Darren Aronofsky’s film seems to have caused quite a stir, dividing critics but, in the UK at least, drawing in large audiences. In some ways its reception resembles that of Scorsese’s Shutter Island. Certainly, Black Swan seems to draw on some very obvious sources. Powell & Pressburger is again a major source – The Red Shoes of course, but also Black Narcissus and Tales of Hoffman (even possibly Gone to Earth). Then there’s the Polanski of Repulsion, Rosemary’s Baby and The Tenant meeting Dario Argento (Suspiria) and Brian de Palma (Carrie, Sisters) – and more, I’m sure.
I’m surprised that critics as knowledgeable as Philip French should get hung up on the plausibility of the plot. Black Swan signalled horror/melodrama to me from the get-go. Camerawork, music and production design all contribute to the delirious world of Natalie Portman’s (Nina’s) ballerina. Aronofsky introduces her descent into hysteria/schizophrenia gradually and I suspect that a second and third viewing will show just how carefully this has been organised. At the beginning of the film, there is almost a procedural structure to the process of introducing us to the ballet world and the crucial period when the company must manage the change from one principal ballerina to her successor. This is shown in parallel with the personal life of the main character – the new prima ballerina, Nina. She is shown invariably in pink with a dominating mother, usually dressed in black. Nina (the name has associations with ‘child’) seems like a little girl who is still trapped in childhood – surrounded by her stuffed toys in a kind of nursery space. Like Carrie in Stephen King’s tale the repression of her sexuality sublimated by a drive for ‘perfection’ makes her a powder keg primed to explode.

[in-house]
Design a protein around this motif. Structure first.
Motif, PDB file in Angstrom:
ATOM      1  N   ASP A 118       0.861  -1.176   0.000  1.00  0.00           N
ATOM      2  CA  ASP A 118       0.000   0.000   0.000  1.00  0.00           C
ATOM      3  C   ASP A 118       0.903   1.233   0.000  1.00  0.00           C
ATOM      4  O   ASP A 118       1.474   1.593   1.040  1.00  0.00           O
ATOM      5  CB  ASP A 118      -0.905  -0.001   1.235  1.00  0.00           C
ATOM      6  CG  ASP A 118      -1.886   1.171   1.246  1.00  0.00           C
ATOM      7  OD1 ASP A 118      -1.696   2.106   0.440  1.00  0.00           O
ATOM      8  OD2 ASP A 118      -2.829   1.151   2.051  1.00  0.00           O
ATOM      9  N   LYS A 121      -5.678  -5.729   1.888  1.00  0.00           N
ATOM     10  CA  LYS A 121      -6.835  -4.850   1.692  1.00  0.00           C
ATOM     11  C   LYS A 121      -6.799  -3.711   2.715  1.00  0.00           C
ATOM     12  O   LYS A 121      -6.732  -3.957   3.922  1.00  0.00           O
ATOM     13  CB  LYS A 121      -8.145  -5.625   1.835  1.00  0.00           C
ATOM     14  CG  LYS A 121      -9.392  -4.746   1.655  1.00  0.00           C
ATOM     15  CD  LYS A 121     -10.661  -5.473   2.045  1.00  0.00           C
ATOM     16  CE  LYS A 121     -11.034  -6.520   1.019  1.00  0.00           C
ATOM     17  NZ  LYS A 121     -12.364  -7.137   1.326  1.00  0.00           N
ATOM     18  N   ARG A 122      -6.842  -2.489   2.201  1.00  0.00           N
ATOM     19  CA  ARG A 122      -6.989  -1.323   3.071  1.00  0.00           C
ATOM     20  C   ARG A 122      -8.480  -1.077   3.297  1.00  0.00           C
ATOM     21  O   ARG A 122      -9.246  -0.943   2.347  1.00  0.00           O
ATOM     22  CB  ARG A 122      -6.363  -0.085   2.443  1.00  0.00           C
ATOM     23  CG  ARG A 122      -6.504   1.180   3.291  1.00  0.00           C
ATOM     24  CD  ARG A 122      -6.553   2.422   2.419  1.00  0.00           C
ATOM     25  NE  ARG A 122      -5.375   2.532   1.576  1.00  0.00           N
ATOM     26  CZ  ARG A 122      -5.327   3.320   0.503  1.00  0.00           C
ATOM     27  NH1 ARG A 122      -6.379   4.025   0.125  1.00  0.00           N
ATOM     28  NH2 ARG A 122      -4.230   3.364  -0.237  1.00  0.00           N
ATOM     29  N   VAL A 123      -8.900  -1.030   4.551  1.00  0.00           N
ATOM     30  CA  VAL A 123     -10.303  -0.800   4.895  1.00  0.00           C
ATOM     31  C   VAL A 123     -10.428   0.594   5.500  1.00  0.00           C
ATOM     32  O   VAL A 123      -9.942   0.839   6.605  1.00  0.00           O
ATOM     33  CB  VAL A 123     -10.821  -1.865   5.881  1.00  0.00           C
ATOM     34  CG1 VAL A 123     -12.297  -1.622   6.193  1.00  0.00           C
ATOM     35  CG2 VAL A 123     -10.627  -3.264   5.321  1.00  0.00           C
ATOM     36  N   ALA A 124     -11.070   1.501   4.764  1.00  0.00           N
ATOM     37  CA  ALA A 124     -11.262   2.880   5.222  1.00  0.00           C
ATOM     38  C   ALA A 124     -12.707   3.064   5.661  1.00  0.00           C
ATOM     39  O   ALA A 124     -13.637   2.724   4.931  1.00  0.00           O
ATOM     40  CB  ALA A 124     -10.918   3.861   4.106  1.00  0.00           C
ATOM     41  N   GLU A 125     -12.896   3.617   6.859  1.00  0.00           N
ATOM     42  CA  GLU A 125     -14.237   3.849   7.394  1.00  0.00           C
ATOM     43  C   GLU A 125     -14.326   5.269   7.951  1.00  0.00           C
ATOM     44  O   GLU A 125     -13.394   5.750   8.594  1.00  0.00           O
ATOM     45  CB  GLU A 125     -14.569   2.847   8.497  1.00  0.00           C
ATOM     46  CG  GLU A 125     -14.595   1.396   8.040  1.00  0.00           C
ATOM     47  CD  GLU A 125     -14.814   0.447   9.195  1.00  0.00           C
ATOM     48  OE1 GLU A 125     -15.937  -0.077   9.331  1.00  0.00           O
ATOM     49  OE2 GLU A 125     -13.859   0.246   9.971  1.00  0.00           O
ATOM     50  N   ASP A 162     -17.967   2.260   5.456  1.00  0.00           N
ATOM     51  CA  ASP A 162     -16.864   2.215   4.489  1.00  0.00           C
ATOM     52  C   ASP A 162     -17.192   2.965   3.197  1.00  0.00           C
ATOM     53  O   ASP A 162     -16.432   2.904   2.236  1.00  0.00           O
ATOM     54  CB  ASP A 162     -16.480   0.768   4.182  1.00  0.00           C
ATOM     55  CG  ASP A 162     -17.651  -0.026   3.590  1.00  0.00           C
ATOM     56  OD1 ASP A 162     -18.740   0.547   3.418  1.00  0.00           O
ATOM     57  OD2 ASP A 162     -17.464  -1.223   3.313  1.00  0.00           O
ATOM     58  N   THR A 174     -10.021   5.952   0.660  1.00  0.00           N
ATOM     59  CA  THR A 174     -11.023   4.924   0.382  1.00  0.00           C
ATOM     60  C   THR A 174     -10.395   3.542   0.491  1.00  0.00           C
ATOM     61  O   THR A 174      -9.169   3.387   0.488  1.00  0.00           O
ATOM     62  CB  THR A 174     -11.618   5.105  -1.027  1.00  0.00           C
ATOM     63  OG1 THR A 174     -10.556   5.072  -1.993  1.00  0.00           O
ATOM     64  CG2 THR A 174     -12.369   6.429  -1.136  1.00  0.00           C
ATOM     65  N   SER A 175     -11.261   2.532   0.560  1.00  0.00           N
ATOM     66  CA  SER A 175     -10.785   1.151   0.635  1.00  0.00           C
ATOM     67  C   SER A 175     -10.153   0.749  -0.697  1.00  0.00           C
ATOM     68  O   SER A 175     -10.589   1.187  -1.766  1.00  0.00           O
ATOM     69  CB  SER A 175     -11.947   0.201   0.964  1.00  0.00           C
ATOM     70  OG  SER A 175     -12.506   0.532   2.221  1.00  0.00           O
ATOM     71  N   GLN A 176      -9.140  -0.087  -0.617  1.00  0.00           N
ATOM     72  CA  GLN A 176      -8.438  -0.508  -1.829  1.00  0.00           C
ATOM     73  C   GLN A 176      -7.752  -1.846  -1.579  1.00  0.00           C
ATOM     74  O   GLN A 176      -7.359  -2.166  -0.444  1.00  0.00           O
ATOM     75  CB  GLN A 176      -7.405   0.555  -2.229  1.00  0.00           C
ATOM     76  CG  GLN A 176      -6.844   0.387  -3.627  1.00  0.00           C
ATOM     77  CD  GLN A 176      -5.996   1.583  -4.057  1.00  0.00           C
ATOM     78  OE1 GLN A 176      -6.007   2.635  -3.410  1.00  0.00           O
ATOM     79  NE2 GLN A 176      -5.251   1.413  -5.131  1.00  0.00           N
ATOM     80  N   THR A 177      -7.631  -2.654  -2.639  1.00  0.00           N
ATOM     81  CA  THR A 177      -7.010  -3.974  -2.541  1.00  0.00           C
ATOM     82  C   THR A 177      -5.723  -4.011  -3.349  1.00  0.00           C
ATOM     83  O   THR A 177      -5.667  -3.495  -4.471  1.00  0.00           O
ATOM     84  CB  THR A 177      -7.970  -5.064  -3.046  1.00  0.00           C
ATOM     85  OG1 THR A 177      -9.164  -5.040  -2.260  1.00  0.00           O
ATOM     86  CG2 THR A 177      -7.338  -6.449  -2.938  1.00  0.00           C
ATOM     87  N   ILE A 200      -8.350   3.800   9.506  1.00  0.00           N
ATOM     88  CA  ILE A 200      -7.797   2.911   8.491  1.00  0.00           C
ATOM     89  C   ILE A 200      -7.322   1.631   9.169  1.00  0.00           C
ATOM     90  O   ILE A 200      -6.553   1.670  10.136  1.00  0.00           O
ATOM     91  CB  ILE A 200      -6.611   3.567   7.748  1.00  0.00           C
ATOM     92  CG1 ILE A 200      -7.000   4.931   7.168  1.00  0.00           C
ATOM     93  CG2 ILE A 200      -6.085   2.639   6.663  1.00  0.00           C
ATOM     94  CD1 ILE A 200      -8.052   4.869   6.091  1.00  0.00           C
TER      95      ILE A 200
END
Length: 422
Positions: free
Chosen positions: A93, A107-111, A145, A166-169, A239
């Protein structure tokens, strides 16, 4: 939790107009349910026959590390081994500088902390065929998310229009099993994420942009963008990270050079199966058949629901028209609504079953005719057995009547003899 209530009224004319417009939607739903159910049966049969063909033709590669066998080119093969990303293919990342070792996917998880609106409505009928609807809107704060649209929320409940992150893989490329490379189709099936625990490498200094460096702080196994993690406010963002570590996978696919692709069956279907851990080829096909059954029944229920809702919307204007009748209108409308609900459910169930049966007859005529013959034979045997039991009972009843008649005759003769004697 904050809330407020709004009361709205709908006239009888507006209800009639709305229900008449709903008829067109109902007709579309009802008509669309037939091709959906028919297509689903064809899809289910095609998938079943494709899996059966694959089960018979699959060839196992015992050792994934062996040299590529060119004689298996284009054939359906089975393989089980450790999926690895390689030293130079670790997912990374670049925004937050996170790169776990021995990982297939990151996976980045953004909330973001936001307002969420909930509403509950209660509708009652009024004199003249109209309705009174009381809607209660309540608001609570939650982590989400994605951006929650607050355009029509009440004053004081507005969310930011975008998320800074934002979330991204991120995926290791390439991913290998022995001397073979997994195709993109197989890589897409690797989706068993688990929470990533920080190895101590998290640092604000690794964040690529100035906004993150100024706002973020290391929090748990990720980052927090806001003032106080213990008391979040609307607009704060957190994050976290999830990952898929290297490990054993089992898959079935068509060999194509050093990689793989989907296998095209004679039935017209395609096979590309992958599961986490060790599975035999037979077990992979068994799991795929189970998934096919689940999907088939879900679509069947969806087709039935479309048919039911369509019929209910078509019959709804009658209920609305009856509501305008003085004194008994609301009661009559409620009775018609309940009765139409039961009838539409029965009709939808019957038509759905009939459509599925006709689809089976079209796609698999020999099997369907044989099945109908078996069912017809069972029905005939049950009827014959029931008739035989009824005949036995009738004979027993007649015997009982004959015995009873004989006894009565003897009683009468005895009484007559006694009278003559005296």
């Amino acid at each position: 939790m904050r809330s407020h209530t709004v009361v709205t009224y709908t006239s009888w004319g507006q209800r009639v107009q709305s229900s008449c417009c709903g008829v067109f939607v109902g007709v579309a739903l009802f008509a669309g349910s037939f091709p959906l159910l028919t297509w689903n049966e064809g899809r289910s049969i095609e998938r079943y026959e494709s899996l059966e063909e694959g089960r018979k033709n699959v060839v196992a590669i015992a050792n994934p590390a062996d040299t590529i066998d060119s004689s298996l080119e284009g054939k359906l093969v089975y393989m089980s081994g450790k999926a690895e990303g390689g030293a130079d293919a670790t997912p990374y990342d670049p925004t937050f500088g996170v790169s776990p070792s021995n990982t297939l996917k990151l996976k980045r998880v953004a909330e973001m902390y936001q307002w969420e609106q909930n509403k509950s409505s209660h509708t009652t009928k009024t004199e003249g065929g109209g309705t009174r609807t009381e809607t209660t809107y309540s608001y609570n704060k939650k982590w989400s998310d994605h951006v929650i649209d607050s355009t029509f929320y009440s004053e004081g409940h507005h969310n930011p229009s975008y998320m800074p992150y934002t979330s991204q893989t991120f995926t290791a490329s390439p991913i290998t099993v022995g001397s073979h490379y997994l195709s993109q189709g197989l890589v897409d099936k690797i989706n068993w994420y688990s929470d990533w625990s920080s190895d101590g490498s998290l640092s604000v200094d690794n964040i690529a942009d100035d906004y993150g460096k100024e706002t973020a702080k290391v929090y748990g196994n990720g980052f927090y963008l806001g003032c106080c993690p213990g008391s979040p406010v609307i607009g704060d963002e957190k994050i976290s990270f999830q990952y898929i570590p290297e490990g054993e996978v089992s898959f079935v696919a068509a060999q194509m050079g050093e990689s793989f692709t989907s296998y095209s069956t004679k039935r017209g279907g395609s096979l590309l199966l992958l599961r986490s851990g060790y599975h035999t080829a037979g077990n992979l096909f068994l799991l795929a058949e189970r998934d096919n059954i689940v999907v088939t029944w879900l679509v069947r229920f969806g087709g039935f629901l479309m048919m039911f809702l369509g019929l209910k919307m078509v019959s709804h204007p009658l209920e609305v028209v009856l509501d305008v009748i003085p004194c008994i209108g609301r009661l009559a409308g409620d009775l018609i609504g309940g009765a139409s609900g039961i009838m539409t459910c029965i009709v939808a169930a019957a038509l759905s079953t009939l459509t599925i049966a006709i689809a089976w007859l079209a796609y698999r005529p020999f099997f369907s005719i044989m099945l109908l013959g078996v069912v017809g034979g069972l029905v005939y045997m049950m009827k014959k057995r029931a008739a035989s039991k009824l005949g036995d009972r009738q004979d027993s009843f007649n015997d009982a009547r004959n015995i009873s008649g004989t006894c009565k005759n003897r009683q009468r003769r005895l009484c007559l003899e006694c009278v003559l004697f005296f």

I can see that audiences without knowledge of Aronofsky might expect either a procedural melodrama around the workings of the company or a drama about the emergence of a new ‘swan’ in the form of Nina (because of course the ballet in which she will star is Swan Lake). But Aronofsky gives clues very quickly that neither of these will be the main interest of the film.